Death penalty is a capital punishment. It is use in today context and ancient time to punish offender on a variety of offences. Death penalty consist of lethal injection, hanging from the neck, gassing and firing squad depending on which country. Death penalty still commonly practice in most of the Southeast Asia Countries for drug offences. (Jeraldine Phneah, 20/11/2013, para. 12)
In Singapore, death penalty is imposes only for the most serious offences that mainly on drug related offences, homicide, kidnapping offences and firearm offences. The courts will have the discretion to whether imposes a life imprisonment in less severe crime. The death penalty involves putting offender to death by hanging as stated in section 316 of the Criminal Procedure Code in Singapore.
Many of the Members of Parliament has suggested to abolish death penalty in Singapore and nominated MP Laurence Lien said that he believe that every single human life is precious and death penalty should not be executed to punish offender even if the law justify it unless it specifically to save another life, taking a life, for no matter how good an intention, is wrong. Non-Constituency MP Lina Chiam said that with death penalty in place, if there is any mistakes or error revealed after an execution has done, it couldn’t be remedied as once a human life is being claim there is no way to revive. (The Straits Times, 13/11/2012, p. B5)
Singapore is a multicultural nation with many religions practice in Singapore. For Buddhism, Buddhist does not encourage death penalty as Buddhist highly regards the importance on non-violence and compassion for all life (BBC Religions, 23/11/2009, Buddhism). Islam as a whole accepts death penalty however forgiveness is still preferable (BBC Religions, 16/09/2009, Islam). Christian Churches believed that death penalty was necessary however in recent time, many Christians have against the death penalty as they argued that Christianity ought to support life (BBC Religions, 03/08/2009, Christians). Hinduism are likely similar to Buddhism as Hinduism do not in flavor of death penalty. Hinduism discourages killing, violence and revenge in line with the principle of ahimsa (avoidance of violence towards others). (BBC Religions, 25/08/2009, Hinduism)
In the recent debate in parliament, many Member of Parliament urged government to completely abolish the death penalty for all offences. For my stance, I will support for death penalty should be use in the most serious offences and offences that led to a lost of human life but the mandatory death penalty in the serious offences should abolished. I feel that death penalty should not be totally abolished from our justice system, as there will be no deterrence to anyone who is likely to commit the said serious offences in Singapore and cause the loss of the innocent human life.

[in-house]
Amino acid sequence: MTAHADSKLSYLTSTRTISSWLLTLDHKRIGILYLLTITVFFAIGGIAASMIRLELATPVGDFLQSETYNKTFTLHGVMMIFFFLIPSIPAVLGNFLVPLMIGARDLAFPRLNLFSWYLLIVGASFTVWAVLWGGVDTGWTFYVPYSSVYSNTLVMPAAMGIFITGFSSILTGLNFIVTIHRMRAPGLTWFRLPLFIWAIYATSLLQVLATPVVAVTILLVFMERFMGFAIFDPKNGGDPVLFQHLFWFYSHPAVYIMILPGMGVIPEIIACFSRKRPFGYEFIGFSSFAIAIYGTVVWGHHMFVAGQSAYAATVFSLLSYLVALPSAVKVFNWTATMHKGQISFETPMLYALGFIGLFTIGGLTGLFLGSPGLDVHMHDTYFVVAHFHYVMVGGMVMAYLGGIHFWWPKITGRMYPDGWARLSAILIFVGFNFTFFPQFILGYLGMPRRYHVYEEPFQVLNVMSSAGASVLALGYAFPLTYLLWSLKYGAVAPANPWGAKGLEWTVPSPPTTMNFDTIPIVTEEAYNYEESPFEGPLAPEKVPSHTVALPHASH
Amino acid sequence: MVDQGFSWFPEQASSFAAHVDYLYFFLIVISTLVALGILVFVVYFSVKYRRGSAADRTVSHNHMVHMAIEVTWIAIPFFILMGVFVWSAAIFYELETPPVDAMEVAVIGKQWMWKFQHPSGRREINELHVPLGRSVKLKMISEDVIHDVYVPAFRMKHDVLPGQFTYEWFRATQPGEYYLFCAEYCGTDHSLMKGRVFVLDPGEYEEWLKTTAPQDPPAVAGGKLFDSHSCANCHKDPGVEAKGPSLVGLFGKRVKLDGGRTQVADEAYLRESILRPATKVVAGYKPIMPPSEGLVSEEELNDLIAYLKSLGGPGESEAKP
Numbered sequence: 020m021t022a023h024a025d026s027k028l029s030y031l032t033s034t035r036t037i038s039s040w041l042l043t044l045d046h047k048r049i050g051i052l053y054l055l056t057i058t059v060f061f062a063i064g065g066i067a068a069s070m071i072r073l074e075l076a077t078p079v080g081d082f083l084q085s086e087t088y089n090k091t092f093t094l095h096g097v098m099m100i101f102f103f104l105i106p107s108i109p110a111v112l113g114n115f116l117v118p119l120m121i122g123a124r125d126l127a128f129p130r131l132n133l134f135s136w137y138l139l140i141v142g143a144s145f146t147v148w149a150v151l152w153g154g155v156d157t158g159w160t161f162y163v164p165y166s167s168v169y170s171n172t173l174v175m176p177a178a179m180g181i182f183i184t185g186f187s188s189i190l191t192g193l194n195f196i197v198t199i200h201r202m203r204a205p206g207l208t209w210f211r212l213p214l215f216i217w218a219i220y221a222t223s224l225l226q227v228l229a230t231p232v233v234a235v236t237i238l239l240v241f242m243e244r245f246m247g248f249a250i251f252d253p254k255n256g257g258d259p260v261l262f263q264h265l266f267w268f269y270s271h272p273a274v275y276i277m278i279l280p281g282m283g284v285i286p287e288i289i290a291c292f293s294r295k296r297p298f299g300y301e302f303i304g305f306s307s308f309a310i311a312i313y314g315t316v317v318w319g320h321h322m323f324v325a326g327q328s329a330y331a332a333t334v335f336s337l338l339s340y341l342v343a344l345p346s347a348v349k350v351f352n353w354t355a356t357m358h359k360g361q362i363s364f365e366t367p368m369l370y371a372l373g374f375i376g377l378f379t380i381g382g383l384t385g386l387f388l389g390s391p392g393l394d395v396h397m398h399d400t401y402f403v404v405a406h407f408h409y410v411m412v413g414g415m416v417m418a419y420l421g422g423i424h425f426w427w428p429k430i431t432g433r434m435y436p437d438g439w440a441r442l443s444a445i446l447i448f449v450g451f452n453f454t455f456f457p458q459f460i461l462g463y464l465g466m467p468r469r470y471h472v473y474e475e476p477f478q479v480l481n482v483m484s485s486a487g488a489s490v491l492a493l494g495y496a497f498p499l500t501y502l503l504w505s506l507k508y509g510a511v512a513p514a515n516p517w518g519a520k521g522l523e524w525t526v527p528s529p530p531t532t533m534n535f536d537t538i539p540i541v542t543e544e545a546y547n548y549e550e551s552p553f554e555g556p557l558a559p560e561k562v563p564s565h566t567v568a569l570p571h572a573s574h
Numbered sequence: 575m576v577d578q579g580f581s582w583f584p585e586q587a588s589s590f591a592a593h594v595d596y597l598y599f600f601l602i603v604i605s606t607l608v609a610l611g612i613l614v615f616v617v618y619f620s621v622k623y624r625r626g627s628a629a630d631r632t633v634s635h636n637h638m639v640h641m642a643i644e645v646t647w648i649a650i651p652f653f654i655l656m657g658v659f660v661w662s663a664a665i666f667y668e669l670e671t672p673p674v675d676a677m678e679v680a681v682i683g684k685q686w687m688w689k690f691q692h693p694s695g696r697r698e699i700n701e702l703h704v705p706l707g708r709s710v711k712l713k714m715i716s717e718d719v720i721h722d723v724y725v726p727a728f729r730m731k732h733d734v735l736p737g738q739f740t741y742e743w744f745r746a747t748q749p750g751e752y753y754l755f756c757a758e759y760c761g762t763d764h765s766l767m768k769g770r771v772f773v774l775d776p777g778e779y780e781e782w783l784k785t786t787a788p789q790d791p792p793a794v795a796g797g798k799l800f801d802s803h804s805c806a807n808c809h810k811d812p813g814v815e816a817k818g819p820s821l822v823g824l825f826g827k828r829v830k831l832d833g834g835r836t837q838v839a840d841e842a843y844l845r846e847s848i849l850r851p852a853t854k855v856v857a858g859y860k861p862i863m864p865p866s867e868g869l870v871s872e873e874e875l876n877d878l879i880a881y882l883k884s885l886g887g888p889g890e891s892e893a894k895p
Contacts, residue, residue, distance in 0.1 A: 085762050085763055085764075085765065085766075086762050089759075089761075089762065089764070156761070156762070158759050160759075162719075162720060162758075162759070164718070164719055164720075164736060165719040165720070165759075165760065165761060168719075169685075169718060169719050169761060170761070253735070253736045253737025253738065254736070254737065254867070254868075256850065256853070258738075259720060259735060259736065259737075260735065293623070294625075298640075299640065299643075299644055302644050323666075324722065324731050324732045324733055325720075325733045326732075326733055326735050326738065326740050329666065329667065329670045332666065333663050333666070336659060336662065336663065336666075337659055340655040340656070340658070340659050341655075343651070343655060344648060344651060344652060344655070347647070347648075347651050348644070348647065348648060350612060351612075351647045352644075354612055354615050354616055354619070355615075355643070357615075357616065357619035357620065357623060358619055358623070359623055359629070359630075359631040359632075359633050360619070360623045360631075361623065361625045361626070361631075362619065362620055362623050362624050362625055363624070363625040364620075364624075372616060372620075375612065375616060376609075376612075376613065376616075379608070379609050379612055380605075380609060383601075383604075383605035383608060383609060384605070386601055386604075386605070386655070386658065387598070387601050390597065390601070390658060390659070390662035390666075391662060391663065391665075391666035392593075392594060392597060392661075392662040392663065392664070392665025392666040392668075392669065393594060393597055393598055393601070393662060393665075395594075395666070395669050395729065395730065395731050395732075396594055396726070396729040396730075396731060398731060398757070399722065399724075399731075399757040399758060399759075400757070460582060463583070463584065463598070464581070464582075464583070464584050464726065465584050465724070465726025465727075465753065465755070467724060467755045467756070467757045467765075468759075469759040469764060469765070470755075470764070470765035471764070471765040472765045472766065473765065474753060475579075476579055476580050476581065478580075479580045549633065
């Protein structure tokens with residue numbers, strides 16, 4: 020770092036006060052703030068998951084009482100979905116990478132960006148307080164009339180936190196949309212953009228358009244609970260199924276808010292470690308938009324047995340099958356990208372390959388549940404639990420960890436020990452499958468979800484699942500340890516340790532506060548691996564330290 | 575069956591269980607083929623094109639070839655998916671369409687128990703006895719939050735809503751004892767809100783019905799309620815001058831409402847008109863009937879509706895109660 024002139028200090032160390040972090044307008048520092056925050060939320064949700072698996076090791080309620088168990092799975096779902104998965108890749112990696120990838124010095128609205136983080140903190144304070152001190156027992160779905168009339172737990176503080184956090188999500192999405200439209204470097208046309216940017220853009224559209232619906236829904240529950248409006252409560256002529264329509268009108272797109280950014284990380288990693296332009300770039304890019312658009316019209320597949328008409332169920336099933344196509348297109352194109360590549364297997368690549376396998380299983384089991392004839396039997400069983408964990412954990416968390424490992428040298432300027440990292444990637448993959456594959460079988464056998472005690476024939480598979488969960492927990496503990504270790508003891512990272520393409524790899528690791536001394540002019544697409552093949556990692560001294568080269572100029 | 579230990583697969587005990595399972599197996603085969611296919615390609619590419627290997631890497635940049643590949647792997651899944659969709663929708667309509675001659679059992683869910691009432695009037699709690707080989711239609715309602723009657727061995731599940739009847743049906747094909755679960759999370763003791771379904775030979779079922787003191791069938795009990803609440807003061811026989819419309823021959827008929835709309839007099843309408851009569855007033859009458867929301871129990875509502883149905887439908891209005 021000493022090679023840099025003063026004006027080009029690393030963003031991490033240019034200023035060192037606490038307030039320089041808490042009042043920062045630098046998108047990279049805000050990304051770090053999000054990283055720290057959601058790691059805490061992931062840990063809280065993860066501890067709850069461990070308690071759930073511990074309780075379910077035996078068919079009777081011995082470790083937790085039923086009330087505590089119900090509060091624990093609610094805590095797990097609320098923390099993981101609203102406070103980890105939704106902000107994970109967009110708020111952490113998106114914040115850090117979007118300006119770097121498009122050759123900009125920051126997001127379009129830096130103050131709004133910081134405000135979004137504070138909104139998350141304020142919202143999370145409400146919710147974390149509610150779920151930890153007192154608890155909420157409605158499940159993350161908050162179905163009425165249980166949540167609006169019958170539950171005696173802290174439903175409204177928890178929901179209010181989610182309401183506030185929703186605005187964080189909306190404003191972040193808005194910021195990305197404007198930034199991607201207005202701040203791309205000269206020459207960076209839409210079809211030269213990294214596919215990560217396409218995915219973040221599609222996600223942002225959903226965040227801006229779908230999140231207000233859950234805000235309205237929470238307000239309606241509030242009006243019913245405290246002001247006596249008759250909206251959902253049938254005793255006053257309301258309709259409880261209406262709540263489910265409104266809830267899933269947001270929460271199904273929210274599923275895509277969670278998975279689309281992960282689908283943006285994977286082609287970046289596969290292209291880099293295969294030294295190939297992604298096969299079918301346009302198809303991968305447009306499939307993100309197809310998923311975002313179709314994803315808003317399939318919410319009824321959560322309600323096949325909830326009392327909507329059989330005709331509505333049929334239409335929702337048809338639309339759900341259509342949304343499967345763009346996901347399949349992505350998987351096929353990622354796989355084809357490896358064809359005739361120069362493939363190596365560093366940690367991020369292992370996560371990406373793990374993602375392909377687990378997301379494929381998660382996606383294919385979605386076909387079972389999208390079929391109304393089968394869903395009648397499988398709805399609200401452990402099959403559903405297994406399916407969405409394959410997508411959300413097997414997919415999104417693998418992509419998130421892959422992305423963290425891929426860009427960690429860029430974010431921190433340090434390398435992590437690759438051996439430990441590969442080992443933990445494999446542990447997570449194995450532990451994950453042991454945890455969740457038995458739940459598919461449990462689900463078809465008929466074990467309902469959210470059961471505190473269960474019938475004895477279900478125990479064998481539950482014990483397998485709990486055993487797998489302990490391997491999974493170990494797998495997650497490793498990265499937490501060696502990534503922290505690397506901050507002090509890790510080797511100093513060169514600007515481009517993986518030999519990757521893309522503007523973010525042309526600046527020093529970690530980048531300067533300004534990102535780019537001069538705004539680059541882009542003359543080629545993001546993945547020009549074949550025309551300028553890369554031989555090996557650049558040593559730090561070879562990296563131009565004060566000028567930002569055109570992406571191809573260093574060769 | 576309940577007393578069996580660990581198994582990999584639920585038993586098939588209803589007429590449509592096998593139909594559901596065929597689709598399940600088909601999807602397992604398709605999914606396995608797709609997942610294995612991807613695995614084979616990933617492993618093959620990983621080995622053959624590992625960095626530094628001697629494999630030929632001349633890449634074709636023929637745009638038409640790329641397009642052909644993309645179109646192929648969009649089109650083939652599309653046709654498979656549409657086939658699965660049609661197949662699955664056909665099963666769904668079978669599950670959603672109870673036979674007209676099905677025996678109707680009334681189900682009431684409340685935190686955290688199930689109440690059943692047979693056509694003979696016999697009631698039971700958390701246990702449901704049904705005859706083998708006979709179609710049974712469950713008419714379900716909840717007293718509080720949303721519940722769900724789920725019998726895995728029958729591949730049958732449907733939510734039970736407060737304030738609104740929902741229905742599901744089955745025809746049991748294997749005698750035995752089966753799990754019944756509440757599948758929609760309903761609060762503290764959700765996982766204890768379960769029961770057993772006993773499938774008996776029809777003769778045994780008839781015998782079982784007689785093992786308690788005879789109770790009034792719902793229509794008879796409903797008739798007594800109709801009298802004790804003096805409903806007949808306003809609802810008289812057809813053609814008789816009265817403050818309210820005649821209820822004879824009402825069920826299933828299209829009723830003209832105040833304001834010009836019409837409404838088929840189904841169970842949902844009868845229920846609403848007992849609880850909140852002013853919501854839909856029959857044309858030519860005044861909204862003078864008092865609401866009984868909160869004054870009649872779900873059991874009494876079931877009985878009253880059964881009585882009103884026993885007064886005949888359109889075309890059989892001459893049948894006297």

As mentioned by DPM Teo that with the mandatory death penalty in place, the number of kidnapping offences and firearm offences in Singapore has drop dramatically over the time. From having 38 cases of kidnapping offences in the year 1959, the rate has drop to 1 case ever since death penalty was in place and the rate has continued to maintain low. For the firearm offences, the figure fell from 174 in 1973 to 97 in 1975 ever since death penalty in place and it has continued to maintain no case of firearm offences since 2007 (The Straits Times, 14/11/2012, Mandatory death penalty has worked to deter crime: DPM Teo). As mentioned by Law Minister K Shanmugam that Singapore has recorded 16 homicides in the year 2011 which is about 0.3 per 100 000 population (Channel Newsasia, 09/07/2012, Singapore completes review of mandatory death penalty). Also cited by Law Minister K Shanmugam, journalist Deepika Shetty said that any young woman can go out confidently during any time of the day and night so I feel that what make her said that is because of the good justice system in place and one of it will be the death penalty as it is playing a part to deter anyone to commit the serious offences (The Straits Times, 31/12/2012, p. A3). A statistic given by Ministry of Home Affairs shows that the number of drug abusers from 5857 in 1993 to 1785 in 2003 and number of first time drug abusers from 1293 in 1993 to 714 in 2003. This show that the deterrence has take effect over the years on drug traffickers which in turn led to lower number of drug abusers arrested (Ministry of Home Affairs, 24/07/2007, Drug Abuse and Rehabilitation)